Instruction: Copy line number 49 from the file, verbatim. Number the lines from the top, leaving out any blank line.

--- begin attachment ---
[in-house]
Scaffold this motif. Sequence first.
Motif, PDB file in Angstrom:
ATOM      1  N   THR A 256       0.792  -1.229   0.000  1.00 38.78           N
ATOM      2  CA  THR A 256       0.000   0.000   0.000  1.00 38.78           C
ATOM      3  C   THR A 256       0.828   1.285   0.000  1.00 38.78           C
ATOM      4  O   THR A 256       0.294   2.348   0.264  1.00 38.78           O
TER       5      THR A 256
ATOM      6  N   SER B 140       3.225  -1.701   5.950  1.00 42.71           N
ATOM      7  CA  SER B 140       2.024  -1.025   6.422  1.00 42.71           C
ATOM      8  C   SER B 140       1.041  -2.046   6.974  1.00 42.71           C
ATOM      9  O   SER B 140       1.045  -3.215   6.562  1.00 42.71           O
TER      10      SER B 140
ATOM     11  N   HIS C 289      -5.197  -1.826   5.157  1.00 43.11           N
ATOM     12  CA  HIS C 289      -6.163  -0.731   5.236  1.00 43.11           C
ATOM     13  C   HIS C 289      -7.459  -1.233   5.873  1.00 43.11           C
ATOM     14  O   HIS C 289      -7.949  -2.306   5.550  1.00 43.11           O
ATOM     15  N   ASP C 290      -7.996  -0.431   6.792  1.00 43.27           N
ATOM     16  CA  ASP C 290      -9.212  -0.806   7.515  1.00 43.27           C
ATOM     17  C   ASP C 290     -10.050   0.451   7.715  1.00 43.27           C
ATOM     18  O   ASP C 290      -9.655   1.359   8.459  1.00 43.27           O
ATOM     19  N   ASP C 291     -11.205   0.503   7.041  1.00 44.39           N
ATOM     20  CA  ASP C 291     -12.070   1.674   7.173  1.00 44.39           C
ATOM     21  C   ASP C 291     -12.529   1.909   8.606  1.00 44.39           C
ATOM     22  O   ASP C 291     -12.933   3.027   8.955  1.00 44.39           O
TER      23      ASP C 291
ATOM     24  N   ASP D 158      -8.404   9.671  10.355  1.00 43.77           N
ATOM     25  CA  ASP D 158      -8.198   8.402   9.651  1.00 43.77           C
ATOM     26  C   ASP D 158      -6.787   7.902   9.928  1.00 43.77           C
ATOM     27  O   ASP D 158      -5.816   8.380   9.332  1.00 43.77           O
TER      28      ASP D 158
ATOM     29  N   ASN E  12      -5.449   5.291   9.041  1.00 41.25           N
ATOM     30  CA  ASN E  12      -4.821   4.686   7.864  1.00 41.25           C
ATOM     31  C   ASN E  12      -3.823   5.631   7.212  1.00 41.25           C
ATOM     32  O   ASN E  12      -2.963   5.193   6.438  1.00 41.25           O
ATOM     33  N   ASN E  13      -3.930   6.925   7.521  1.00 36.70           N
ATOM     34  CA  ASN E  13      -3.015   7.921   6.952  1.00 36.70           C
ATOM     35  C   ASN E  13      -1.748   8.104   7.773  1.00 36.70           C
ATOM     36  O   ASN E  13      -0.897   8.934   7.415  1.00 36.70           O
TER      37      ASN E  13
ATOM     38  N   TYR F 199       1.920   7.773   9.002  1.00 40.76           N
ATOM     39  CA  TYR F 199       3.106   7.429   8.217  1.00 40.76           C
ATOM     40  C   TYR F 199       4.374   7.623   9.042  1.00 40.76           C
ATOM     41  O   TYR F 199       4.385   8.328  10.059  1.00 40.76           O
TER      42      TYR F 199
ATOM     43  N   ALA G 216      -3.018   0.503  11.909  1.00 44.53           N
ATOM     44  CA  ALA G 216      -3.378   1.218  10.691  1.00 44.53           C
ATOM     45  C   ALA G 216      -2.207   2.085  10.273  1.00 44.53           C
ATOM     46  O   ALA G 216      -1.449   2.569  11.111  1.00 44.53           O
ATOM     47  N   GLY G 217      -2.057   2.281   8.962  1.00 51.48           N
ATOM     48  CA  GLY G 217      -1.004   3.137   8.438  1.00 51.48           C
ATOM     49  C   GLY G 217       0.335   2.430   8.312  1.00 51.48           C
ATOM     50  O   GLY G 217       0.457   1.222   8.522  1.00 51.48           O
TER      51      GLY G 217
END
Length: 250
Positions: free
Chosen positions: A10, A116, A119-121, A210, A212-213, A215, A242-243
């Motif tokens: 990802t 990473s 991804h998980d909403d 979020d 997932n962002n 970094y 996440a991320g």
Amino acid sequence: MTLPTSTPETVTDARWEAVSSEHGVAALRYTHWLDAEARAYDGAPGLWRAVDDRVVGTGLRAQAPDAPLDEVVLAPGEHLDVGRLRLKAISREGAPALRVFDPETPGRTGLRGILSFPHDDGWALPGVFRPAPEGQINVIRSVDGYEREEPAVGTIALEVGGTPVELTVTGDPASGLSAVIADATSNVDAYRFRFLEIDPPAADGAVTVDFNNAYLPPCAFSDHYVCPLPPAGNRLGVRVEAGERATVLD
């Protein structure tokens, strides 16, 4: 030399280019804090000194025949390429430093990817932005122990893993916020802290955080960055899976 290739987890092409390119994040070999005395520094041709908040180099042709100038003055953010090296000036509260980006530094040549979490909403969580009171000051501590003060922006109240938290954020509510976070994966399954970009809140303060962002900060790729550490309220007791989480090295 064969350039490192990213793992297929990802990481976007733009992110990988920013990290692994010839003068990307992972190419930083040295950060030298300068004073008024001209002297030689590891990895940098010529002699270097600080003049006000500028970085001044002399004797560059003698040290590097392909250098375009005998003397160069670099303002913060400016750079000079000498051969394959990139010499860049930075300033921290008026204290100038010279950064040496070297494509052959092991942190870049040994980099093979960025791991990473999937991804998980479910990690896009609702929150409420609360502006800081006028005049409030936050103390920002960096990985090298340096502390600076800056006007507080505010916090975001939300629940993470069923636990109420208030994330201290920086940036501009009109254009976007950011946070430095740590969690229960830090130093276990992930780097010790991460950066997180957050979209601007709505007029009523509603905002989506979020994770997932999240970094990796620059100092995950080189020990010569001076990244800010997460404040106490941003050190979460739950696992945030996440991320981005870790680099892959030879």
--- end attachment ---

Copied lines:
ATOM     46  O   ALA G 216      -1.449   2.569  11.111  1.00 44.53           O